Start Spreading the News: Shale Gas 90-Day Report Released
A government panel urges caution, public poll says full steam ahead.
The combination of horizontal drilling and hydraulic fracturing (fracking) has flung the shale gas door wide open. In 2001 shale gas made up less than two percent of the nation’s natural gas supply; today it is close to 30 percent. The U. S. Energy Information Administration projects that that percentage will grow to almost 50 percent by 2035. (Natural gas is currently responsible for about one-fourth of the US energy supply.)
But our pursuit of shale gas has also led to concerns about the environmental impacts from shale gas production. (See here, here, here, and here.) In recognition of these concerns on the one hand and the potential economic benefits of shale gas on the other, President Obama asked [pdf] “Secretary of Energy Steven Chu to form a subcommittee of the Secretary of Energy Advisory Board (SEAB) to make recommendations to address the safety and environmental performance of shale gas production.” In turn Secretary Chu appointed a subcommittee of seven (of which three are academics), and asked that it provide a report outlining “immediate steps that can be taken to improve the safety and environmental performance of fracturing” within 90 days of its first meeting. A second report is due in 180 days.
Drum Roll Please
Last week, the subcommittee released its 90-day report.
The report opens with the predictable huzzahs to shale gas:
“ The U.S. shale gas resource has enormous potential to provide economic and environmental benefits for the county. Natural gas – if properly produced and transported – also offers climate change advantages because of its low carbon content compared to coal.”
“Domestic production of shale gas also has the potential over time to reduce dependence on imported oil for the United States … offer[ing] important national security benefits.”
Then it gets down to the nitty gritty. “Shale gas,” the report reads,
“must be produced in a manner that prevents, minimizes and mitigates environmental damage and the risk of accidents and protects public health and safety. Public concern and debate about the production of shale gas has grown as shale gas output has expanded… Absent effective control, public opposition will grow, thus putting continued production at risk. Moreover, … if effective environmental action is not taken today, the potential environmental consequences will grow to a point that the country will be faced a more serious problem.”
The Subcommittee Identified 4 Specific Environmental Concerns
- Contamination of drinking water from methane and chemicals used in fracturing fluids;
- Air pollution;
- Community disruption during shale gas production; and
- Cumulative adverse impacts that intensive shale production can have on communities and ecosystems.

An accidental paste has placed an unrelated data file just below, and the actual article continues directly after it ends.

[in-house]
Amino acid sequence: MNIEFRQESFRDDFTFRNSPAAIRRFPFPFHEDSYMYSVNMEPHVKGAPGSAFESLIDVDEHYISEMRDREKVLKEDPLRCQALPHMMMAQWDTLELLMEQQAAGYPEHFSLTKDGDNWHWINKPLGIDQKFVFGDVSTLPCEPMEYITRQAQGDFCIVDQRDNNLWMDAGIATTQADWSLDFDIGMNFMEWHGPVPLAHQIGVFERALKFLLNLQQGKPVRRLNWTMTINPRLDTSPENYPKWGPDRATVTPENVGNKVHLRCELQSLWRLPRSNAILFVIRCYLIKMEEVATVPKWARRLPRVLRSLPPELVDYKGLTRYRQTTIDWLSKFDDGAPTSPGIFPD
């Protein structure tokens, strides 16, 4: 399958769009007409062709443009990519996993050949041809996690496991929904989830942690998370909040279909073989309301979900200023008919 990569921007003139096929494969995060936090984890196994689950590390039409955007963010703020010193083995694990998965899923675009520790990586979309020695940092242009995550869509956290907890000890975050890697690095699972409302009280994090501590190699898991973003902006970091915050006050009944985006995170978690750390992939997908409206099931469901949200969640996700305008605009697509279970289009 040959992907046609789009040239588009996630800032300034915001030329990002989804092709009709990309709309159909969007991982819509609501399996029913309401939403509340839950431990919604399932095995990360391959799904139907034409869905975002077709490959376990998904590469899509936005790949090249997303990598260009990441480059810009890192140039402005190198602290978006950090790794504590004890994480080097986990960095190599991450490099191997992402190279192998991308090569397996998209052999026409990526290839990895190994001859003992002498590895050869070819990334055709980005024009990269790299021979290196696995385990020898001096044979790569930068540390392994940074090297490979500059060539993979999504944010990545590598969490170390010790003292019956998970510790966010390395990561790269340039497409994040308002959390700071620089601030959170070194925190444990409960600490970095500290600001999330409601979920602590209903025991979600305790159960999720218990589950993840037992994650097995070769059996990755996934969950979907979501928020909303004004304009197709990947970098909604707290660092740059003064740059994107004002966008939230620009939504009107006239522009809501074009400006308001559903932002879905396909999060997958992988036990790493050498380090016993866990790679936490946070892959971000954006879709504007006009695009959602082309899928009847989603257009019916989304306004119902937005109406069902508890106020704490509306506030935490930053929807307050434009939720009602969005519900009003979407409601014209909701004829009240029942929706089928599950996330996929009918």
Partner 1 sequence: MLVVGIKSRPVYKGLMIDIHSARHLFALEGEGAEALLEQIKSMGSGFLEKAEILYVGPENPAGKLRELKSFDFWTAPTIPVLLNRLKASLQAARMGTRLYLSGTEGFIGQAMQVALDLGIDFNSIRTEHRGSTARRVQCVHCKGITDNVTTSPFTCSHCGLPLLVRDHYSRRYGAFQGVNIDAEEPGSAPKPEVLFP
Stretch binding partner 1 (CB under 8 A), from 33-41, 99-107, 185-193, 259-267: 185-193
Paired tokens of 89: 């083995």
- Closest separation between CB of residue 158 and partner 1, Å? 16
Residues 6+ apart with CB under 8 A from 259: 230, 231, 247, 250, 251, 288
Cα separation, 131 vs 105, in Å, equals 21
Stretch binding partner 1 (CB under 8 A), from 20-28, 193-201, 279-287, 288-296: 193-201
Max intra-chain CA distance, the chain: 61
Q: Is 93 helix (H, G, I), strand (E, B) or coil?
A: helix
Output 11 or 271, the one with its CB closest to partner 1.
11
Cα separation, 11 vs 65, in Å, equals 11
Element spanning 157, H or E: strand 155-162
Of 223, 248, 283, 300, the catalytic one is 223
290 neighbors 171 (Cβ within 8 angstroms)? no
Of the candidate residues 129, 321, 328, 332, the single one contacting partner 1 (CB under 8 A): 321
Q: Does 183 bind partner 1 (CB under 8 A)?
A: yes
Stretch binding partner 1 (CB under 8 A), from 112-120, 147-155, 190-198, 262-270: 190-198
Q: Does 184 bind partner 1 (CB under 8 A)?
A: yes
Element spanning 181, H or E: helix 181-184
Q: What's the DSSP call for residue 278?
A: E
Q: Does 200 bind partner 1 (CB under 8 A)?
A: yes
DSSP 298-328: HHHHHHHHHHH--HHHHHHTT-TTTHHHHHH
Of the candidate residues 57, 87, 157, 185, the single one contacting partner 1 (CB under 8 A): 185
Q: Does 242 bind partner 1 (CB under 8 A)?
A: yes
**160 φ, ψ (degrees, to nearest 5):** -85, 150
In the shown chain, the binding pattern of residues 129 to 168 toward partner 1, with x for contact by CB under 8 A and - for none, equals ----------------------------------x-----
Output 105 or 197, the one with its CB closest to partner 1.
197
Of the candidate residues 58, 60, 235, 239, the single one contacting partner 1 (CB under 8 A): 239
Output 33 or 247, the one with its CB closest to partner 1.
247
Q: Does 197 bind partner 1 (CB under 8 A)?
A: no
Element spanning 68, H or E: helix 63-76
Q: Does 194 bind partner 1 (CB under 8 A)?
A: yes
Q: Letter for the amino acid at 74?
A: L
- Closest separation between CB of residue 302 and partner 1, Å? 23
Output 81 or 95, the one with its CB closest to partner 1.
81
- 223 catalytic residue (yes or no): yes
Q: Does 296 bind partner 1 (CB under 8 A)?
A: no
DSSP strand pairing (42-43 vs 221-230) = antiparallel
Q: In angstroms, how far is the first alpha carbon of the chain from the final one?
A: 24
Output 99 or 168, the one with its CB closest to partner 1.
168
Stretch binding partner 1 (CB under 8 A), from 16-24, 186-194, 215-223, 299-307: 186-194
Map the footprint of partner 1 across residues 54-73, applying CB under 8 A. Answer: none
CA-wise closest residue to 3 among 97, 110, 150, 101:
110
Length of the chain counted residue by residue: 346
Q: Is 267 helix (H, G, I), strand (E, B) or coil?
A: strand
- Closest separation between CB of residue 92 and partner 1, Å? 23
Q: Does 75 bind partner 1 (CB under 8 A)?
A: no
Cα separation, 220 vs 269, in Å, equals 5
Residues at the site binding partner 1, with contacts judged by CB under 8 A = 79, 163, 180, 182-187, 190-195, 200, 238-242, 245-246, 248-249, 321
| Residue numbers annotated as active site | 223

It recommended some immediate steps and some longer term steps to improve safety and limit environmental impacts. A common theme in the recommendations is the need for immediate and continued sharing of information between industry, regulators, and the public. Of course to share information, it has to be collected and so there are also a number of recommendations on the need for improved data collection through all phases of shale gas production.
A few other recommendations that caught my eye include:
- The elimination of diesel as a component in hydraulic fracturing fluids. You may recall that diesel’s presence in fracking fluids has been controversial for some time.
- The call for a thorough assessment of the life cycle or cradle-to-grave greenhouse gas emissions of shale gas. To date the data is pretty thin and this has fueled the controversy of whether shale gas is a suitable bridge fuel.
- A call for studies to confirm the validity of the Duke study by Osborne et al that found shale gas methane in drinking water wells in Pennsylvania; a study the subcommittee characterized as “credible.”
The Report’s Reception
The reviews of the report have been mixed. Some found it too tilted in favor industry – accepting that fracking was inevitable and the only option was to try to make it as safe as possible. A number of these critics opined that the members of the subcommittee were too closely allied with industry interests. (Others (of course) have stated the opposite view—that the subcommittee doesn’t have enough industry representation.)
The New York Times, on the other hand, found the report to be a good deal more pointed in it’s assessment of the industry’s performance, stating that: “Although President Obama’s “fracking” panel offered few specifics today on how to make shale gas drilling safer, it delivered a warning to the shale gas drilling industry: Clean up your act or your business could suffer.”
The Empire State Weighs In
Meanwhile as the (fracking) battle of words on the “fracking” panel’s report rages among industry and environmental experts, one has to wonder how this is playing among the public. An answer may be found in a recent poll of New Yorkers. When asked which view matched their own, whether drilling should proceed because of its economic benefit versus not proceed due to fear of environmental impacts, voters chose drilling, albeit by a slim 47 to 42 percent margin. But the folks living where the fracking would occur – who stand to make the most money but also suffer the environmental consequences – were pretty conclusively in favor of fracking by a margin of 51 to 39 percent. It was only in New York City where a majority (by a 50 to 38 percent margin) responded in favor of the environmen
t. Not so surprising when you consider where the City’s drinking water comes from.
So if fracking can make it there, can it make it anywhere?